The Relationship between Competitive Anxiety and Self-Presentational Concerns

in Journal of Sport and Exercise Psychology
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The purpose of this investigation was to examine Leary’s (1992) contention that competitive anxiety revolves around the self-presentational implications of sport competition. Intercollegiate athletes (N = 199) completed inventories assessing competitive trait anxiety and self-presentational concerns. Principal-axis factor analysis with direct oblim rotation of self-presentational concern items produced an interpretable four-factor solution accounting for 62% of the variance. These factors were interpreted to represent self-presentational concerns about Performance/Composure Inadequacies, Appearing Fatigued/Lacking Energy, Physical Appearance, and Appearing Athletically Untalented. Correlational and structural equation modeling analyses revealed that self-presentational concern was more strongly associated with cognitive rather than somatic anxiety, and that substantial portions of variance in competitive anxiety could be accounted for by self-presentational concern variables. The results of this investigation provide support for Leary’s (1992) assertion regarding the relationship between self-presentational concern and competitive anxiety.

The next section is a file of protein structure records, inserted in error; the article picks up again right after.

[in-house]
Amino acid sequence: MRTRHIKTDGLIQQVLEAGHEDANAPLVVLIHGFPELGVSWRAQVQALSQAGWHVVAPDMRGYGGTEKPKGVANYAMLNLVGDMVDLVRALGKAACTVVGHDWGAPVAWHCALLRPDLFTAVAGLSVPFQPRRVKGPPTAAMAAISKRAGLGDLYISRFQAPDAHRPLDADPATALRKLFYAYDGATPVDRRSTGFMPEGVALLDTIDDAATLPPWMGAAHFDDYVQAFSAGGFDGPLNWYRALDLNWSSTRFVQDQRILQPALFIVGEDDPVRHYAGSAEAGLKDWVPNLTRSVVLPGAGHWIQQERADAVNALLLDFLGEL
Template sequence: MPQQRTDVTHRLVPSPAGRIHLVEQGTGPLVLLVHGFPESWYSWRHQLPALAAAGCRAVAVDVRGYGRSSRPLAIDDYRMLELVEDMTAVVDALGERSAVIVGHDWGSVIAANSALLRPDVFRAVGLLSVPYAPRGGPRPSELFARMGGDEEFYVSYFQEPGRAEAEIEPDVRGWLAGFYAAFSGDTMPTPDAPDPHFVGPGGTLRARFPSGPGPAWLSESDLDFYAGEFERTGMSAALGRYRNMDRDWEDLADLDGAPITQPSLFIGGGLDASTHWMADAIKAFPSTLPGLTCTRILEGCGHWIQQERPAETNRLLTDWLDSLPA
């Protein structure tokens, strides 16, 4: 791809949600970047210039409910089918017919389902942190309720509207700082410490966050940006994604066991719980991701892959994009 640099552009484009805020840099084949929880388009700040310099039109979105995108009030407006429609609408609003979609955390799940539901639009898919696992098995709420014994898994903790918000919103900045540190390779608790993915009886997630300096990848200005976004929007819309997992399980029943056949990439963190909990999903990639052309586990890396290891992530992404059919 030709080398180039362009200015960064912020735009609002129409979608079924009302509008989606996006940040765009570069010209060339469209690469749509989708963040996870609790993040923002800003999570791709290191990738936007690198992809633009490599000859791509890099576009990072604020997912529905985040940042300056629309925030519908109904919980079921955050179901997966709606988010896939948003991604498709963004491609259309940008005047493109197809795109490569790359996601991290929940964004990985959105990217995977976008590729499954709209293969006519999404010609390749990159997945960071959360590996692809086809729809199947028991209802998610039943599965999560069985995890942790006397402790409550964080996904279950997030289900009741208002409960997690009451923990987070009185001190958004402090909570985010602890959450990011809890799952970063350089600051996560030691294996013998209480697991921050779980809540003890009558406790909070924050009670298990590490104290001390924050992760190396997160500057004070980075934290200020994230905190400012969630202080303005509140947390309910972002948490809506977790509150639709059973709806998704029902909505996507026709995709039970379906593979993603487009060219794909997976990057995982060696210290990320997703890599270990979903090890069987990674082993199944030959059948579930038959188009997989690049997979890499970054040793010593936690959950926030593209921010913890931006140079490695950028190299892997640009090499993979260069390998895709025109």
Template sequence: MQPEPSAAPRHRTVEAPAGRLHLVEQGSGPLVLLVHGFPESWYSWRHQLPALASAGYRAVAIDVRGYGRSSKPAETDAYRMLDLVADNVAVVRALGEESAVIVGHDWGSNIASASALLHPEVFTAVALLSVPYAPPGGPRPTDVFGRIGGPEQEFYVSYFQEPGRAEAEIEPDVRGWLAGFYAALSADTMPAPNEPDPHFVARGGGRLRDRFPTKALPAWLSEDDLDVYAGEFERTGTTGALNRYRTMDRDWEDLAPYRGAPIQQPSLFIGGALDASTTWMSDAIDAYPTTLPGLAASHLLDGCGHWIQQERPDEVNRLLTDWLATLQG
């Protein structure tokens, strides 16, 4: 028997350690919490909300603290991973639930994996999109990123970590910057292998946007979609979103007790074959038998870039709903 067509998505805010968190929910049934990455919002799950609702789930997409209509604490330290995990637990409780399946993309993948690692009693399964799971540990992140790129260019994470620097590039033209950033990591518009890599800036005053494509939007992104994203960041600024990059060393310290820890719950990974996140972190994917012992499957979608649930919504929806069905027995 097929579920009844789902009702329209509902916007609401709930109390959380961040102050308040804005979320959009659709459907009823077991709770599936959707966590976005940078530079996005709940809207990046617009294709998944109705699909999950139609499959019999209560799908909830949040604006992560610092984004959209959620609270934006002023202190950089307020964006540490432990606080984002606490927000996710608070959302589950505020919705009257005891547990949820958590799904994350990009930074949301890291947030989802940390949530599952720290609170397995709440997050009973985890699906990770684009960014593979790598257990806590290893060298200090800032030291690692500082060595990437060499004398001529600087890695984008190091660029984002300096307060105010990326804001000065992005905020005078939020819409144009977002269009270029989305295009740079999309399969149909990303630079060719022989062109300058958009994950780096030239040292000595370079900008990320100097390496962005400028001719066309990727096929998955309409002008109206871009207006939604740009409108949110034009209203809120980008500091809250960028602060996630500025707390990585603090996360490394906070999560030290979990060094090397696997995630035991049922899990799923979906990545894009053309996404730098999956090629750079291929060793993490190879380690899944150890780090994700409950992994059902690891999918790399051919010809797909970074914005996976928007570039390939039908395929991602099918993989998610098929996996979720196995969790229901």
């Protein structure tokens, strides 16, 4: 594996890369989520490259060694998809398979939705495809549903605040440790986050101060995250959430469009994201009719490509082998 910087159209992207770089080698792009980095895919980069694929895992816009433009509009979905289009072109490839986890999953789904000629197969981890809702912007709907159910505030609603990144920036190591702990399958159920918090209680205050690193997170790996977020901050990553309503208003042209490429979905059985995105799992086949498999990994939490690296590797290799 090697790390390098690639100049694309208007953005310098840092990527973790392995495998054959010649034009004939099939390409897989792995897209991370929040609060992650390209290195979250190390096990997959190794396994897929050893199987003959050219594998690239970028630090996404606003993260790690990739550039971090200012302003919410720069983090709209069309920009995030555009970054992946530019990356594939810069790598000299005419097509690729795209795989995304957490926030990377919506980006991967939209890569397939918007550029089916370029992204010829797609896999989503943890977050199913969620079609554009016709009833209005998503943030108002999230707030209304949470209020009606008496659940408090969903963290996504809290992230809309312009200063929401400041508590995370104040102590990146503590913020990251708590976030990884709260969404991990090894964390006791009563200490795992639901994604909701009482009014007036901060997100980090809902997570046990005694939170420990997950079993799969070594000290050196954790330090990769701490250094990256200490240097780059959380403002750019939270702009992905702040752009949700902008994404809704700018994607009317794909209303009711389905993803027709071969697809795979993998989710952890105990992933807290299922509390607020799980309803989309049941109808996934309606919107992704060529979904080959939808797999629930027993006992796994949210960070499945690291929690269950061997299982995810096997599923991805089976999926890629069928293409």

Philip Wilson and Robert C. Eklund are with the Department of Health, Physical Education, and Recreation at the University of North Dakota, Grand Forks, ND 58202. Any correspondence should be addressed to the second author at Box 8235.

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